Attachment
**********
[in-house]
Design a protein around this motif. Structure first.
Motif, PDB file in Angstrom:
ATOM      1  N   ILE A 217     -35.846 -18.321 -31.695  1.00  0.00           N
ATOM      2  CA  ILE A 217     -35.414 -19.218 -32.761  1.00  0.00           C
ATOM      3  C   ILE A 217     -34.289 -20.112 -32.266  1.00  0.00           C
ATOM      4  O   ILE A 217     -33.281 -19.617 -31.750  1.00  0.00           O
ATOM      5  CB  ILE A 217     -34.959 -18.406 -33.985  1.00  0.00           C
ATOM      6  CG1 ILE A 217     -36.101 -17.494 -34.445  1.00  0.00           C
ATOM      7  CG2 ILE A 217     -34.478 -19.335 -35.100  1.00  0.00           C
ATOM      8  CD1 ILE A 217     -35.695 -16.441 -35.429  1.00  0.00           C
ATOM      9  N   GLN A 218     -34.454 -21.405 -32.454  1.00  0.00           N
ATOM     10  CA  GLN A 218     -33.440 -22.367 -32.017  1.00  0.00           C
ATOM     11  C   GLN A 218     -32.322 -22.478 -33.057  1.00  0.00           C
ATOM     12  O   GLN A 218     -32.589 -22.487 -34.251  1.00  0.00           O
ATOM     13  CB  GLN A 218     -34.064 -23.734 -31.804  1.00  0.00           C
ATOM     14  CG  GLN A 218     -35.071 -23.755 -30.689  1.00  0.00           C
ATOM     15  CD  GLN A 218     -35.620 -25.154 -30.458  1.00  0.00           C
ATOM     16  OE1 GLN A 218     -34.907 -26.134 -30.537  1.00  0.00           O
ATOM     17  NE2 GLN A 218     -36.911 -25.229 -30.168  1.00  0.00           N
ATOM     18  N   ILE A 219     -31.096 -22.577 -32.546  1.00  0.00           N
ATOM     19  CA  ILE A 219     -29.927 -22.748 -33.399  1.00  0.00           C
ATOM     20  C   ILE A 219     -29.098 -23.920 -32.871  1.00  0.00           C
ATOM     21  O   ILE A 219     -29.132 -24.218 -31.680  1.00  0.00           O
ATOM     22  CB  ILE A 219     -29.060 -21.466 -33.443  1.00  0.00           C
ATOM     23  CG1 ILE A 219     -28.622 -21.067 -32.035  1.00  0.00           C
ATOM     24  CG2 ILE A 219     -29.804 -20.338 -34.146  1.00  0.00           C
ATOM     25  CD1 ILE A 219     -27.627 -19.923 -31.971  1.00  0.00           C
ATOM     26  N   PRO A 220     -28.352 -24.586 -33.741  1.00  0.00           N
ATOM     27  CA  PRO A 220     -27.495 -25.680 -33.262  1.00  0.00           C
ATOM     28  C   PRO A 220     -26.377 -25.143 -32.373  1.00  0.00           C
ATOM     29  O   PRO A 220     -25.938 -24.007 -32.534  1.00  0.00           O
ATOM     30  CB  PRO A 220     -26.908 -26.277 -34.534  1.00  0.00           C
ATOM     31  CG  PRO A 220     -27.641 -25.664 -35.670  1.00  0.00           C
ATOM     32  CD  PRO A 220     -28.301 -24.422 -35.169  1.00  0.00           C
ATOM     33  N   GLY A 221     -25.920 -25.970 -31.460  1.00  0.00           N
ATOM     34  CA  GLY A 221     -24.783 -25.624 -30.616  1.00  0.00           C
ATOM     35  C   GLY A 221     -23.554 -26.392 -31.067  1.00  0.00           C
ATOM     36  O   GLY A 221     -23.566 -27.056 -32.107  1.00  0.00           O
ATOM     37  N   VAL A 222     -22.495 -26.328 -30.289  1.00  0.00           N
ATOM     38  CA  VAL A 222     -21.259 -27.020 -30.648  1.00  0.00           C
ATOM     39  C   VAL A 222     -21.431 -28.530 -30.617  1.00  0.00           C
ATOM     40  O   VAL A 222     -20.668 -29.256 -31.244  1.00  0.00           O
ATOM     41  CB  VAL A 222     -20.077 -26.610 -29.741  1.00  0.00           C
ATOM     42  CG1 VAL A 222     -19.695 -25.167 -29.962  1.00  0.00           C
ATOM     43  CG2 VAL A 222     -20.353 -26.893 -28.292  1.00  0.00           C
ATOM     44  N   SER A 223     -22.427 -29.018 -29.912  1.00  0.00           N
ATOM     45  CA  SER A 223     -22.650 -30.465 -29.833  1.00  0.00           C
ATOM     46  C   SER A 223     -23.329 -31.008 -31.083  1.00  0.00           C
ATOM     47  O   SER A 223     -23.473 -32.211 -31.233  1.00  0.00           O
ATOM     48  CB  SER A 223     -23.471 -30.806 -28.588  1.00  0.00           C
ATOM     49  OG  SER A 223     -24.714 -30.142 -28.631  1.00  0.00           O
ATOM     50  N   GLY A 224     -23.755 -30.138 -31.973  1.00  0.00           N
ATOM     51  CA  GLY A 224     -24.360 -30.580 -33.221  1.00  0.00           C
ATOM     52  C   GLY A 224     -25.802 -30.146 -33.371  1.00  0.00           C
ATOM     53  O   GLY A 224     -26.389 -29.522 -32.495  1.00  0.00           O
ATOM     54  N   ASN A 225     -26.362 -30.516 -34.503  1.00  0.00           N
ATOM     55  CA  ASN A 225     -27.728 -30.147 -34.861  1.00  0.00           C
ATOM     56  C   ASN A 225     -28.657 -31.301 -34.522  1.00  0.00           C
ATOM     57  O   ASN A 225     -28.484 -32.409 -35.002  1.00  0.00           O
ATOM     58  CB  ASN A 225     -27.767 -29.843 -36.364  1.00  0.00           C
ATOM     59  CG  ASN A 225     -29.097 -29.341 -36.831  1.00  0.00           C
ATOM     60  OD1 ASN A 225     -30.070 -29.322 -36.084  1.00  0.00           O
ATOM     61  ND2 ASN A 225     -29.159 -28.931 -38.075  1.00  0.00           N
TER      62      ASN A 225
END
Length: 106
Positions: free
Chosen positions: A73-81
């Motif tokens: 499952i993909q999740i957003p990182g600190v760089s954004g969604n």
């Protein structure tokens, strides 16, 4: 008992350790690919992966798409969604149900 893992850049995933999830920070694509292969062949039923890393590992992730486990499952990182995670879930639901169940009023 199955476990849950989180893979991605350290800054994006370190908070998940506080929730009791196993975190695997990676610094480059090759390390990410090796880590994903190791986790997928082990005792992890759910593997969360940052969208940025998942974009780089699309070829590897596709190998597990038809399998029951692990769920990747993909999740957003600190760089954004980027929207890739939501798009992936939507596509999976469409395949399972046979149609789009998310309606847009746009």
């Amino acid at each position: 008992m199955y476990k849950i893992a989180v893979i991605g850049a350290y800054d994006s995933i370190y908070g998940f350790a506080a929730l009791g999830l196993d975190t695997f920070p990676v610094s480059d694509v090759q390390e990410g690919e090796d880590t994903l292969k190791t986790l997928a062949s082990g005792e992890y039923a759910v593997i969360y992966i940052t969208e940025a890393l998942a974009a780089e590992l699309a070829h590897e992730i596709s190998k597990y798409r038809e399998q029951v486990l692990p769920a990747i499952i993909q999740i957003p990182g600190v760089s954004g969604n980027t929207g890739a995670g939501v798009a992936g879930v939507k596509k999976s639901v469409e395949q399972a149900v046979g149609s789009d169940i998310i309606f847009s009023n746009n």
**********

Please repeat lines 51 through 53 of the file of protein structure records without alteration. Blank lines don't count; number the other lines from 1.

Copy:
ATOM     48  CB  SER A 223     -23.471 -30.806 -28.588  1.00  0.00           C
ATOM     49  OG  SER A 223     -24.714 -30.142 -28.631  1.00  0.00           O
ATOM     50  N   GLY A 224     -23.755 -30.138 -31.973  1.00  0.00           N